This is the fundamental note of the vibrating string. When a real string vibrates like this at an audible frequency some of the energy of the string is transferred through the bridge and into the head. The head moves the air and the sound is propagated to your ears. So far this is simple stuff. What complicates it is that other modes of vibration are set up simultaneously in the string. Below is an image of the string vibrating in the first harmonic.
There are a couple of things to notice in the image. For example, the amplitude of the vibration (which is just the distance that the string moves) is less for this mode than it is for the fundamental mode. That is because the part of the string in this mode that is vibrating up and down was not stretched as far as it was for the fundamental. The largest deviation of stretch is in the center of the string, where the fundamental frequency is vibrating. However, in this mode the center of the string is not moving. That is called a "node". The part of the string that is moving (which is about a third of the way up from the nut or the bridge) is not stretched as far so it does not vibrate as far.
You may also notice that the string is vibrating twice as fast as it does for the fundamental frequency. When you hear this note, you will hear a tone that is one octave above the tone for the fundamental frequency.
What actually happens on the string is that both of the modes of vibration are occurring at the same time. By the physical law of "superposition", the two vibrations are simply added. What is really happening on the string is that it is vibrating like this:
It is difficult to see both of those vibrational modes in the way the string jiggles around, but that is what is causing it. In the image I have simply added the two vibrations together.
But there is more to it than that. There are other harmonic modes of vibration. If we look at the next harmonic, the second harmonic, we would see the string moving like this:
Notice that there are now three places on the string that are moving up and down. There are two nodes where the string does not move. The string is vibrating at three times the frequency of the fundamental. The amplitude of the vibration is smaller than the amplitude of both the fundamental and the amplitude of the first harmonic.
Just like the fundamental mode and the first harmonic mode, the second harmonic mode also vibrates the string simultaneously along with the other two. What is really happening on the string looks something like this:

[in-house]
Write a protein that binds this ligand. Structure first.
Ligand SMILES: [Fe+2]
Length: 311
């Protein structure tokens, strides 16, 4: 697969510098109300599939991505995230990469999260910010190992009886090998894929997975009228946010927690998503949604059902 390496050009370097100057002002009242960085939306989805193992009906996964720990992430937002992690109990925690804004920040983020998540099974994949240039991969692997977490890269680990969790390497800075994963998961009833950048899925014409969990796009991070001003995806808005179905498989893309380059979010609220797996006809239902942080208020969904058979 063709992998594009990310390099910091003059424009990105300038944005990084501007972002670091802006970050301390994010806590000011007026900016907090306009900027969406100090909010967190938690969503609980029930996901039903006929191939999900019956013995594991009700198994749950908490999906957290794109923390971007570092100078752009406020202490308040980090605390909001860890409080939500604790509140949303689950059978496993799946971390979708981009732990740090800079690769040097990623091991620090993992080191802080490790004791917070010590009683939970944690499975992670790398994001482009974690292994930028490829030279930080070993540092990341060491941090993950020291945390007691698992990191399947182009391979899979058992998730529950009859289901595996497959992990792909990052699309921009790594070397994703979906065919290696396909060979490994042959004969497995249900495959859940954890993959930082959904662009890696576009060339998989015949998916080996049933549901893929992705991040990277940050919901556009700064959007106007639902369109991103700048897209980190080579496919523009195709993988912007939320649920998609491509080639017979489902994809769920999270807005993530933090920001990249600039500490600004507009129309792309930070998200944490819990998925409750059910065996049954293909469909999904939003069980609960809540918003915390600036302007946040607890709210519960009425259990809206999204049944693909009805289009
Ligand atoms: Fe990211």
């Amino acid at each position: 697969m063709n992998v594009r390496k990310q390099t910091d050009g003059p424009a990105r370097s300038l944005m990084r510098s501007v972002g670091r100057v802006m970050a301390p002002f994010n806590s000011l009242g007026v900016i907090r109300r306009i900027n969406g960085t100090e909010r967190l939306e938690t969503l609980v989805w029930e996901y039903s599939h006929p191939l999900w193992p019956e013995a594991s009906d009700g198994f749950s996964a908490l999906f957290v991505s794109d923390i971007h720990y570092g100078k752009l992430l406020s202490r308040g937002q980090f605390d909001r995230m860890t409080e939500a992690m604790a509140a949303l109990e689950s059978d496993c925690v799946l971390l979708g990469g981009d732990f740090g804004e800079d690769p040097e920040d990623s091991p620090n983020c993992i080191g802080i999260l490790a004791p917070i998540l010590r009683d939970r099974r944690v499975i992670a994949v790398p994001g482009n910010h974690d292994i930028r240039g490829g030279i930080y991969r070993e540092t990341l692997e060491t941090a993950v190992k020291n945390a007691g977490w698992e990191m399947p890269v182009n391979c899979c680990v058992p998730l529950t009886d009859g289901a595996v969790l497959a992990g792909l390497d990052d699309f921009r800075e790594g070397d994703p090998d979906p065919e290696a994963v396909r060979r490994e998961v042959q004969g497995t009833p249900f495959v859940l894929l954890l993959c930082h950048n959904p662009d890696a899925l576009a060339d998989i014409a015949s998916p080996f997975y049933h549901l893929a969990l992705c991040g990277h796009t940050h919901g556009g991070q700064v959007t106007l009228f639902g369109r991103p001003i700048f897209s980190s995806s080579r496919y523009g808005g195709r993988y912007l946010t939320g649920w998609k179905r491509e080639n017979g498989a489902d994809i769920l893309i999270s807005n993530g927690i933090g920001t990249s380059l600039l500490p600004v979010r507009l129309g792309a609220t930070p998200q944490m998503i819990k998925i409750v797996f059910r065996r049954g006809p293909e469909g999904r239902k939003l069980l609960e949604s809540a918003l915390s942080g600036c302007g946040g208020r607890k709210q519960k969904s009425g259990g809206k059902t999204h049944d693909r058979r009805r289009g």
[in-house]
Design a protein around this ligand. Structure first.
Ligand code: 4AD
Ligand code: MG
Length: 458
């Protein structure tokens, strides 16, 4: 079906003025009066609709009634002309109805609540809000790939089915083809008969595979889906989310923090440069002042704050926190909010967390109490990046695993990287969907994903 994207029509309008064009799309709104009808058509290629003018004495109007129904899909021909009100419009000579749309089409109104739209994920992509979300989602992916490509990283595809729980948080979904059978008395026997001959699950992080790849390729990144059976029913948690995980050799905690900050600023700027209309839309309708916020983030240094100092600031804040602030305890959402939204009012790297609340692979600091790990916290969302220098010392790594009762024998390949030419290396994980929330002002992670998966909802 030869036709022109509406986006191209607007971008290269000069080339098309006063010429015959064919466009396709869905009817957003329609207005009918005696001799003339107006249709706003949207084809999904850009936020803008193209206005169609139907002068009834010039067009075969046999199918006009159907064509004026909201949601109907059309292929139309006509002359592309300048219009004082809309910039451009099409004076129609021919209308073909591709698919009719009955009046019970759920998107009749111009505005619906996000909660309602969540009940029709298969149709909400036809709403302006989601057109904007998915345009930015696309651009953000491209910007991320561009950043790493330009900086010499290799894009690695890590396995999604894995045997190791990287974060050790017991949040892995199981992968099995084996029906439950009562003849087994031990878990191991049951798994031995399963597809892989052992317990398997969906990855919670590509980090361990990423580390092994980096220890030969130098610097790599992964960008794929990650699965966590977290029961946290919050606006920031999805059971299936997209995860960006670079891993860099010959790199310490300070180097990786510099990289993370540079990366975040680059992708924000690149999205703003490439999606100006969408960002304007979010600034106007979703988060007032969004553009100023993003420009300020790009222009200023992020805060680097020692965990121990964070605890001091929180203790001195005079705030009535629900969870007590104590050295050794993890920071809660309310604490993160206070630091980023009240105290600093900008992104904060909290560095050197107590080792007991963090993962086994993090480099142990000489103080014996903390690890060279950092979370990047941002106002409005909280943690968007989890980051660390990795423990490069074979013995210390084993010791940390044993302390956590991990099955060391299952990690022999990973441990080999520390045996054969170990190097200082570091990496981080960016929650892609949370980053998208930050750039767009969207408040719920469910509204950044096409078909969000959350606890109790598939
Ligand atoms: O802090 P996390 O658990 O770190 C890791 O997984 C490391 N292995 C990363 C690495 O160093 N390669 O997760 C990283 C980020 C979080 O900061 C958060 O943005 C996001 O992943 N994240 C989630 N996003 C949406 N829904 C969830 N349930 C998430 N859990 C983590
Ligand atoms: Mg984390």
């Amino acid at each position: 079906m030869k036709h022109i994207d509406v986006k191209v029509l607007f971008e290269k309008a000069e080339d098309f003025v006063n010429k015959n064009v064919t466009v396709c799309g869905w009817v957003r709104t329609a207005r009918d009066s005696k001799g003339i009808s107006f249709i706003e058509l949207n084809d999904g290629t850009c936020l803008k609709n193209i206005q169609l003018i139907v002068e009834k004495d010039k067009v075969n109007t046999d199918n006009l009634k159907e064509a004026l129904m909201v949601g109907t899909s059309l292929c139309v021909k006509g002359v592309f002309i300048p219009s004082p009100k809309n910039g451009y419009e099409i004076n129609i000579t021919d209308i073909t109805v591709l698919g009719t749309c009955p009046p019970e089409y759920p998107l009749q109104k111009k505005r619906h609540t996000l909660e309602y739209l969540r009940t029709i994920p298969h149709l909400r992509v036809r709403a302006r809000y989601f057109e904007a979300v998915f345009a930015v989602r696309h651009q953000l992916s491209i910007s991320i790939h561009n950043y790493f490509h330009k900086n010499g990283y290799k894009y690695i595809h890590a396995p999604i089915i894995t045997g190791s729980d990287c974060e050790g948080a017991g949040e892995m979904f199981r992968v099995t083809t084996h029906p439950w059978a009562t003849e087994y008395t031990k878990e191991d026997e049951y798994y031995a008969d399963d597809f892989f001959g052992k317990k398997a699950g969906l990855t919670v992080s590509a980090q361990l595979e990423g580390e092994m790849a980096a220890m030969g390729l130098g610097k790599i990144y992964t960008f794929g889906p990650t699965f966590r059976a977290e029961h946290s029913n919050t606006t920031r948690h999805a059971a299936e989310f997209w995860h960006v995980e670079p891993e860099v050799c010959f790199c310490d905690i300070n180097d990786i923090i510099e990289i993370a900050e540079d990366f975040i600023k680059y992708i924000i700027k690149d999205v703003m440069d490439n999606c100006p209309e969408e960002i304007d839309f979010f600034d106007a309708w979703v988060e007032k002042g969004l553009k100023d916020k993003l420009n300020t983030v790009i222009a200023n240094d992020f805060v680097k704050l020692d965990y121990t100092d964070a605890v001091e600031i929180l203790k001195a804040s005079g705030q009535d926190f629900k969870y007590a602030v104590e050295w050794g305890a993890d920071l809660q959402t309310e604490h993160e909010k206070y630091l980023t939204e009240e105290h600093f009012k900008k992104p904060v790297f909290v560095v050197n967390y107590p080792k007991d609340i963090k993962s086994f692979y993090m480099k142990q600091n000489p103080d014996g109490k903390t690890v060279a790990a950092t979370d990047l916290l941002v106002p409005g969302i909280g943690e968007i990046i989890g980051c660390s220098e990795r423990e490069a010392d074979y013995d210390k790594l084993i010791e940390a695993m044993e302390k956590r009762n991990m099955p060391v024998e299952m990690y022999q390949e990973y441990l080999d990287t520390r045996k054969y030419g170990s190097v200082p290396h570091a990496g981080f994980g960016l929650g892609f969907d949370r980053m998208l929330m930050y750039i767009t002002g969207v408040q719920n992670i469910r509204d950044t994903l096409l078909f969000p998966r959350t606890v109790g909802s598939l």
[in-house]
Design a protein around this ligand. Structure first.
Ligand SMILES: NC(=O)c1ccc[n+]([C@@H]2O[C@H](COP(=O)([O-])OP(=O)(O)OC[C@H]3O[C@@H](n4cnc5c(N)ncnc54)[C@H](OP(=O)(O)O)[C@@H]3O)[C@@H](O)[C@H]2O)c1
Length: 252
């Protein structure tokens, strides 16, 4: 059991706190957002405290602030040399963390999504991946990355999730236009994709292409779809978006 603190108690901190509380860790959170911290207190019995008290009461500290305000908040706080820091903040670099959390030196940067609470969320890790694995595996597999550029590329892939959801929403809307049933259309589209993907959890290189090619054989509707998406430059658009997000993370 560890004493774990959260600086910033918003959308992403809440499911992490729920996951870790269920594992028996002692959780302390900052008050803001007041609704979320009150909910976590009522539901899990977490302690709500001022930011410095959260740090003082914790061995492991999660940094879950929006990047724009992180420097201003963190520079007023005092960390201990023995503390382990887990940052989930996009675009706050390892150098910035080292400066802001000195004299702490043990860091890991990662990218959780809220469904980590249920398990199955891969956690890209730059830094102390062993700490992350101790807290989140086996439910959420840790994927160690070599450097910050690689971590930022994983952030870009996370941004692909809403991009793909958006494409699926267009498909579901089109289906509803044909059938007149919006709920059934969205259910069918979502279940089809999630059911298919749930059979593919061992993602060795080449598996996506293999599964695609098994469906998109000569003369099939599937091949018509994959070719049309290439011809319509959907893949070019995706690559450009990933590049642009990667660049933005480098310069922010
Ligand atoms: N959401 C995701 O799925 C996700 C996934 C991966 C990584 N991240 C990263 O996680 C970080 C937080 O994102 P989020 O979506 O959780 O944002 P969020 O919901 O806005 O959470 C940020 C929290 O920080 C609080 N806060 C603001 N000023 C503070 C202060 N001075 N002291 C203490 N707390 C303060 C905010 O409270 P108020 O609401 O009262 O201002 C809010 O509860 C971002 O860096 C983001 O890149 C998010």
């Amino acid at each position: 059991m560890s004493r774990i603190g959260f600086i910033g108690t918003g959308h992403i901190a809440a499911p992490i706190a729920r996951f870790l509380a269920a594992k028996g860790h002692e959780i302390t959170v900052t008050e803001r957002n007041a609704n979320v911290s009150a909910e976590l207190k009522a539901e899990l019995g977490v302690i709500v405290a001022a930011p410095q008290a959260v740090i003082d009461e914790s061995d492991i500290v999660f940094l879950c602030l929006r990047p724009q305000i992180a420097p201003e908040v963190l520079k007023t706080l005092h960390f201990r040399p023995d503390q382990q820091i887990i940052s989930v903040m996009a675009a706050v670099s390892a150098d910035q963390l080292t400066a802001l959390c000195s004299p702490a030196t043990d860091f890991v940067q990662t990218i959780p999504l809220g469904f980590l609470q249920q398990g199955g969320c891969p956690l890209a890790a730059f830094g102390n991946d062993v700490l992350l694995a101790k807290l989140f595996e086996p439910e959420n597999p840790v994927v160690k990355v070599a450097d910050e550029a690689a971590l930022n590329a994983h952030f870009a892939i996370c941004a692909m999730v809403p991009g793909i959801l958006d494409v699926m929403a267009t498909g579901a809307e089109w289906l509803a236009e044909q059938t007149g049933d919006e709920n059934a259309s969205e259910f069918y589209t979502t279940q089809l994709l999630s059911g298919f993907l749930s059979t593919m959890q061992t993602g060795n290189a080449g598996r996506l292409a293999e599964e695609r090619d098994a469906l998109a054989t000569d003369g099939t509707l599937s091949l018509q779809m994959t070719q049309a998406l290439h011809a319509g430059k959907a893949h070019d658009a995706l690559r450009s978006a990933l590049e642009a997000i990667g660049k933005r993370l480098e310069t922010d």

Wow! That thing is flopping around like a wet noodle.
It does not end there. There are theoretically an infinite number of these vibrational modes, although in a real string their amplitudes decrease rapidly until the higher modes are not real contributors to the sound. For simplicity I am showing only the first three modes of vibration.
But there is still more to show. The basic sound of the string depends on how many harmonics are mixed and what their relative amplitudes are. You see, the relative amplitudes of the partials are not fixed at the levels I showed in the above images. Where you pluck the string determines which of the harmonics will dominate the sound. If you pluck the string in the middle, the fundamental tone will dominate. But what happens if you pluck the string closer to the bridge?
If you stretch the string from a location that is closer to the bridge, your starting point (before you release the string) will look like this:
You can see that the largest deviation of the string is no longer over the center where the fundamental mode vibrates. It is actually larger over the parts of the string where the first and second harmonics move. when you release the string it will impart a larger amplitude in the mode that has that part of the string moving up and down. Here is a drawing of the string vibrating at the first harmonic with a larger amplitude.
In this situation, the fundamental mode, where the center of the string is moving up and down, will have less amplitude since the pluck point is off center. This will also be true of the second harmonic. When you add all the frequencies together, you will get a string that is vibrating like the image below:
This is quite a different sort of action from when the string was plucked in the middle. Compare to the previous image here and then click on your browser's Back button to get back to here. This string contains the same harmonic frequencies as the previous one, but mixed with different amplitudes. This one looks positively frenetic compared to the one where it is plucked in the middle of the string. In fact, this one will have the characteristic "twangy" sound of the banjo. That is why the banjo sounds more twangy and less mellow when you pluck it near the bridge.
OK. You are probably getting dizzy from viewing all of those animations, so lets move on.